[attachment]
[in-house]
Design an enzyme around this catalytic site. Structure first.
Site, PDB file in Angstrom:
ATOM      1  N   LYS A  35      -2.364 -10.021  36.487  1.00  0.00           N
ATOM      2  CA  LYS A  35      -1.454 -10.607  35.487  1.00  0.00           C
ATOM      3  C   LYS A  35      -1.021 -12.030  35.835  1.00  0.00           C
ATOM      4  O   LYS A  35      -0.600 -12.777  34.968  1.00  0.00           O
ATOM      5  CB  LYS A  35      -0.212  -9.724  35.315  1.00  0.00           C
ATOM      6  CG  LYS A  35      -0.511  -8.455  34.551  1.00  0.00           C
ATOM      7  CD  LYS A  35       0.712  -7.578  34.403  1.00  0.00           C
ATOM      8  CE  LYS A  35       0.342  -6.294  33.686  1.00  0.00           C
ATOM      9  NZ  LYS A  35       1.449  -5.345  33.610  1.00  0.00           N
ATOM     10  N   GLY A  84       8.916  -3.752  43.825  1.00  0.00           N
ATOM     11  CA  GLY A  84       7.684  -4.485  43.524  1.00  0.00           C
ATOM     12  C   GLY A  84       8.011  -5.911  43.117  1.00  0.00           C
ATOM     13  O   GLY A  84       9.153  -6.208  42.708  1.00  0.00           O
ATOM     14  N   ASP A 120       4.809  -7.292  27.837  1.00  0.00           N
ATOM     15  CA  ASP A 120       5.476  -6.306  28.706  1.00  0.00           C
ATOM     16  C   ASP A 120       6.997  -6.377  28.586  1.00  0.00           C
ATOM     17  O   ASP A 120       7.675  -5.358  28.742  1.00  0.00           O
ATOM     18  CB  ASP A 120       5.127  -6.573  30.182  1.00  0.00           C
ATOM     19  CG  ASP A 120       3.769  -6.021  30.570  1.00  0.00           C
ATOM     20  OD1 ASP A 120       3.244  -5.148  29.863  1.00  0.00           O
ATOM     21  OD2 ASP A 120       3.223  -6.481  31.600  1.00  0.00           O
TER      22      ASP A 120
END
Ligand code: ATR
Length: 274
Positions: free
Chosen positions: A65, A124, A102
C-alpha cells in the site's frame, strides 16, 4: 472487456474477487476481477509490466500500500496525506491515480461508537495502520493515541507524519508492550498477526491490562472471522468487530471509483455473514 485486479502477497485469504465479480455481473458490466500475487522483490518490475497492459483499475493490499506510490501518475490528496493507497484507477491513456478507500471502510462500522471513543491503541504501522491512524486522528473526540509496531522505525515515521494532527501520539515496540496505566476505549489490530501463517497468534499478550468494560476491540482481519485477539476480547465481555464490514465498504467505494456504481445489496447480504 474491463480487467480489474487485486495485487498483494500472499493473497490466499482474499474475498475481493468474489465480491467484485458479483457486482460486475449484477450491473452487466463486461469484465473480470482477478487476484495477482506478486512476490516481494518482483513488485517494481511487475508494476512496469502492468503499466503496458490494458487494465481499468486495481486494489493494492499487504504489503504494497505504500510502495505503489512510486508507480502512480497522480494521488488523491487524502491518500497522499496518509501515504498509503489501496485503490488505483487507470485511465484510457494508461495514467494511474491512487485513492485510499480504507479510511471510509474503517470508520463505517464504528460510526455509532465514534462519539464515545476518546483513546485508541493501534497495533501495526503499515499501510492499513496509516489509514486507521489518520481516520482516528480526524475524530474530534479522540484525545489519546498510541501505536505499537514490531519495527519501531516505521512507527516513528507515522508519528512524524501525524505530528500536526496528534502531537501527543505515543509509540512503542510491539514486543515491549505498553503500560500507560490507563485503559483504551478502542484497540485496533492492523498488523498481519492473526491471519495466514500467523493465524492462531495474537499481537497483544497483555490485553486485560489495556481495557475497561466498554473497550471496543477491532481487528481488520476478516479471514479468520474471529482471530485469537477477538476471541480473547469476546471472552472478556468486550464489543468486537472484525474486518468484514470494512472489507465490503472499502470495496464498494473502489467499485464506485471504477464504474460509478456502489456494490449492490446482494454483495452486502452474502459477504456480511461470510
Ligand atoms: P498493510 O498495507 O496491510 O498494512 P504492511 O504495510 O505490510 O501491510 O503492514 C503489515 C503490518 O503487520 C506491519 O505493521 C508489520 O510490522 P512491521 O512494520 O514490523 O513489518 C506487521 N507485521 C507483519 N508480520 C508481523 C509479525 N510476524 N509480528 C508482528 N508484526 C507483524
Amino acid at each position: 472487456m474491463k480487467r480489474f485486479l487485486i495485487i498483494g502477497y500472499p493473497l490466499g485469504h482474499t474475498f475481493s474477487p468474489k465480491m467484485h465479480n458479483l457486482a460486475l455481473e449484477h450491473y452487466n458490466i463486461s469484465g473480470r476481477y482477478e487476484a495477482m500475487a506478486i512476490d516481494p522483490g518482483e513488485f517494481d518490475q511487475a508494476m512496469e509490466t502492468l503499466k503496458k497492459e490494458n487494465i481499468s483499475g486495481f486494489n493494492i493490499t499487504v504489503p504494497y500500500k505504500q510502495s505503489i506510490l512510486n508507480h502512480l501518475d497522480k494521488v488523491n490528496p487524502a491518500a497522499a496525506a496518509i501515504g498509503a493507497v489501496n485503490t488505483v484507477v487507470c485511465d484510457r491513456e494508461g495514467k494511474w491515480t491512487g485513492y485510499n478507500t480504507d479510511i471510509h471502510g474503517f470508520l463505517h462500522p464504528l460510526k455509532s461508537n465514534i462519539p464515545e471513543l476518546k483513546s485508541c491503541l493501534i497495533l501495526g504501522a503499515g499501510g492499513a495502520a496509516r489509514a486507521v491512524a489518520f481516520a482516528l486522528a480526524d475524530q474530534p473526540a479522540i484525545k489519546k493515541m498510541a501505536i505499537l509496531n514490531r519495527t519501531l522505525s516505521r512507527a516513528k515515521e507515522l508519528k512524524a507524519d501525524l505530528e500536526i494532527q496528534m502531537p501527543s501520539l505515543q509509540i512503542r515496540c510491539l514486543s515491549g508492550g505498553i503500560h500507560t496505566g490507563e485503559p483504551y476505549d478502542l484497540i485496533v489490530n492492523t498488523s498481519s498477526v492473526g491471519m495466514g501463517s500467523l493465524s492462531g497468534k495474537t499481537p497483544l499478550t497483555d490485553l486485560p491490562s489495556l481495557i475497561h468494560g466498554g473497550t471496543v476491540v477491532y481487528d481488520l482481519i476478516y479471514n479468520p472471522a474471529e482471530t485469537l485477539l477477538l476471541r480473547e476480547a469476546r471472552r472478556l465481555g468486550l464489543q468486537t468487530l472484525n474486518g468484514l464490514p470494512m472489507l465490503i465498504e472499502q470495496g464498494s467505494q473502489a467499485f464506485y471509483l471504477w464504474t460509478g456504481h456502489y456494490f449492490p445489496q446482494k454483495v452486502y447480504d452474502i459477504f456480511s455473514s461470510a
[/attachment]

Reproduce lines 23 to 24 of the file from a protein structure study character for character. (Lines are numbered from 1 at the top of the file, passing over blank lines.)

ATOM     20  OD1 ASP A 120       3.244  -5.148  29.863  1.00  0.00           O
ATOM     21  OD2 ASP A 120       3.223  -6.481  31.600  1.00  0.00           O